Bonner was born Lusik Georgievna Alikhanova in Merv, Turkmen SSR, USSR (now Mary, Turkmenistan). Her father, Georgy Alikhanov (Armenian name Gevork Alikhanyan),
 was an Armenian who founded the Soviet Armenian Communist Party, and was a highly placed member of the Comintern; her mother, Ruf (Ruth Bonner), was a Jewish Communist activist. She had a younger brother, Igor, who became a career naval officer. Her family had a summer dacha in Sestroretsk and Bonner had fond memories there.
In 1937, Bonner's father was arrested by the NKVD and executed as part of Stalin's Great Purge; her mother was arrested a few days later as the wife of an enemy of the people, and served ten years in the Gulag near Karaganda, Kazakhstan, followed by nine years of internal exile. Bonner's 41-year-old maternal uncle, Matvei Bonner, was also executed during the purge, and his wife internally exiled. All four were exonerated (rehabilitated) following Stalin's death in 1953. In 1941 she volunteered for the Red Army´s Hospital when the Soviet Union was invaded, and she became head nurse. While serving during World War II, Bonner was wounded twice, and in 1946 was honorably discharged as a disabled veteran. In 1947 Bonner was accepted as student in the medical institute in Leningrad. After the war she earned a degree in pediatrics from the First Leningrad Medical Institute, presently First Pavlov State Medical University of St. Peterburg.
Marriage and children
In medical school she met her first husband, Ivan Semyonov. They had a daughter, Tatiana, in 1950, and a son, Alexey, in 1956. Her children emigrated to the United States in 1977 and 1978, respectively. Bonner and Semyonov separated in 1965, and eventually divorced.
In October 1970, while attending the trial of human rights activists Revol't (Ivanovich) Pimenov and Boris Vail in Kaluga, Bonner met Andrei Sakharov, a nuclear physicist and human rights activist; they married in 1972. The year before they met, 1969, Sakharov had been widowed from his wife, Klavdia Alekseyevna Vikhireva, with whom he had two daughters and a son.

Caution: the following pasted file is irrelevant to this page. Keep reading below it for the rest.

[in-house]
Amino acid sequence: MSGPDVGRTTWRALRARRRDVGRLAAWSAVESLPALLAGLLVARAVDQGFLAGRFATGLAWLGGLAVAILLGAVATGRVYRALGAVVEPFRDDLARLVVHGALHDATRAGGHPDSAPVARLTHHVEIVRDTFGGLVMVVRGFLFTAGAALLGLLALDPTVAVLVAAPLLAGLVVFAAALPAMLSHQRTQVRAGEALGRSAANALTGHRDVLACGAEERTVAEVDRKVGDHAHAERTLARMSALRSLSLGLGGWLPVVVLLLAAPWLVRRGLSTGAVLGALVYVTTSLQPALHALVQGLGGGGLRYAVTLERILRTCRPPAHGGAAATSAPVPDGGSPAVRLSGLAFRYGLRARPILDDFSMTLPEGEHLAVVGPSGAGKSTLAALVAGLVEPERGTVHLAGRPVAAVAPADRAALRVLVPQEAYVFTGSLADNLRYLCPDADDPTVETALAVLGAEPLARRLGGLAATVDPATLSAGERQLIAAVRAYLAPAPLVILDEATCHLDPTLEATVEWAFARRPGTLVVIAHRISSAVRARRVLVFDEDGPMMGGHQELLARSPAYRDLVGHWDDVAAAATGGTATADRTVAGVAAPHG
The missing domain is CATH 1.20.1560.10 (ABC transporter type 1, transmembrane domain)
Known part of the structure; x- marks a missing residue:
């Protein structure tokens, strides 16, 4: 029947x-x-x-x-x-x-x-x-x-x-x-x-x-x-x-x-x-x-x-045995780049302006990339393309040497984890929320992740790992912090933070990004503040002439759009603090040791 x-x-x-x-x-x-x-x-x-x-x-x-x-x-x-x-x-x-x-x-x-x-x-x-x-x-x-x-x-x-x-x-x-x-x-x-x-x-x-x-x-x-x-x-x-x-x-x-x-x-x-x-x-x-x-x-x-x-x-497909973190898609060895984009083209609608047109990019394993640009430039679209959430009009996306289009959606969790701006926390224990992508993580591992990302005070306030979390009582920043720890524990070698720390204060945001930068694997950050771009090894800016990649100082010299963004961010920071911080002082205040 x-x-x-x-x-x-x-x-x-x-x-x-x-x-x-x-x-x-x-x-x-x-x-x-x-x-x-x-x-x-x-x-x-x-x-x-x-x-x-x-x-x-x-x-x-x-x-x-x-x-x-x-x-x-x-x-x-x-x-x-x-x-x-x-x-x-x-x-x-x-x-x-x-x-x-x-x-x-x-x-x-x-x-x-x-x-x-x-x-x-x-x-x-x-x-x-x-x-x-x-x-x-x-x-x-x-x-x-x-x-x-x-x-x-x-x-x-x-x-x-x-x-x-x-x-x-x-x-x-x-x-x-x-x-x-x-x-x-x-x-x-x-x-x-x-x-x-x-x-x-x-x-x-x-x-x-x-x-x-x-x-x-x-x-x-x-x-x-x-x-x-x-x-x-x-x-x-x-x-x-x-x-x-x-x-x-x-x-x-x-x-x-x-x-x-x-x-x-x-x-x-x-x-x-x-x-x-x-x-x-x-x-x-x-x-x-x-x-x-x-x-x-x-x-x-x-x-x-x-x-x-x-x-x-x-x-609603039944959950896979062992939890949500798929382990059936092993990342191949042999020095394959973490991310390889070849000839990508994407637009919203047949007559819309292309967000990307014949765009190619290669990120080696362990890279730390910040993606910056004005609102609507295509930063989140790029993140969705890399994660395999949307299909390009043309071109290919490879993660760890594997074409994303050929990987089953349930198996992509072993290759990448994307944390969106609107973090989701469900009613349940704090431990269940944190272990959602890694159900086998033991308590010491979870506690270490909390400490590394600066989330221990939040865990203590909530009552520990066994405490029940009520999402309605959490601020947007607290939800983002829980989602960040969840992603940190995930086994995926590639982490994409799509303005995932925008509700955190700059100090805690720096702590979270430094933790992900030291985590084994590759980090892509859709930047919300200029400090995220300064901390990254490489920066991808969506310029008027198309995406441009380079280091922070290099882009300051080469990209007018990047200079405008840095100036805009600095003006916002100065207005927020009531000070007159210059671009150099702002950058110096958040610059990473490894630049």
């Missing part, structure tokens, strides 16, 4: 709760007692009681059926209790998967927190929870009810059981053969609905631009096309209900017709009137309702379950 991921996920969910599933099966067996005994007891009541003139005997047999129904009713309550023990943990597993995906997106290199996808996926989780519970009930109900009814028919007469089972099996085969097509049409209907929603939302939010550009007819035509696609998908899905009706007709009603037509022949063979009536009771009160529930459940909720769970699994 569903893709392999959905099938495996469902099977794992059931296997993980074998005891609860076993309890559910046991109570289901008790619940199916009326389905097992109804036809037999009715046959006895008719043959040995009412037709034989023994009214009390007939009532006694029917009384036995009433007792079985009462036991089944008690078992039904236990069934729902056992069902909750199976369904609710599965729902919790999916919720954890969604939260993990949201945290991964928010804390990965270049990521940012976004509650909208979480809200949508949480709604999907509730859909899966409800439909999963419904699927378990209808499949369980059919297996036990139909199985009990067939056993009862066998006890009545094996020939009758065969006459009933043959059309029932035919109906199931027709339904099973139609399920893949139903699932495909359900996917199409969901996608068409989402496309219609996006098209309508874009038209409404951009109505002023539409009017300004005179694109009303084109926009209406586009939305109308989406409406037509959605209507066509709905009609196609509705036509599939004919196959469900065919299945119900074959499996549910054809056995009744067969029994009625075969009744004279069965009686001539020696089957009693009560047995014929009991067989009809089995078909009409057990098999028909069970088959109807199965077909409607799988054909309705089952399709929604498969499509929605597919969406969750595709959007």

Beginning as early as the 1940s, Bonner had helped political prisoners and their families. Although Bonner had joined the Soviet Communist Party in 1964 while she was working as a physician, only a few years later she was becoming active in the Soviet human rights movement. Her resolve towards dissidence was strengthened in August 1968 after Soviet bloc tanks rolled into Czechoslovakia in order to crush the Prague Spring movement. That event strengthened her belief that the system could not be reformed from within.
At the Kaluga trial in 1970, Bonner and Sakharov met Natan Sharansky and began working together to defend Jews sentenced to death for attempting an escape from the USSR in a hijacked plane. Under pressure from Sakharov, the Soviet regime permitted Yelena Bonner to travel to the West in 1975, 1977 and 1979 for treatment of her wartime eye injury. When Sakharov, awarded the 1975 Nobel Peace Prize, was barred from travel by the Soviet authorities, Bonner, in Italy for treatment, represented him at the ceremony in Oslo.
Bonner became a founding member of the Moscow Helsinki Group in 1976. When in January 1980 Sakharov was exiled to Gorky, a city closed to foreigners, the harassed and publicly denounced Bonner became his lifeline, traveling between Gorky and Moscow to bring out his writings. Her arrest in April 1984 for "anti-Soviet agitation and propaganda" and sentence to five years of exile in Gorky disrupted their lives again. Sakharov's several long and painful hunger strikes forced the new Soviet leader, Mikhail Gorbachev to let her travel to the U.S. in 1985 for sextuple bypass heart surgery. Prior to that, in 1981, Bonner and Sakharov went on a dangerous but ultimately successful hunger strike to get Soviet officials to allow their daughter-in-law, Yelizaveta Konstantinovna ("Lisa") Alexeyeva, an exit visa to join her husband, Bonner's son Alexei Semyonov, in the United States.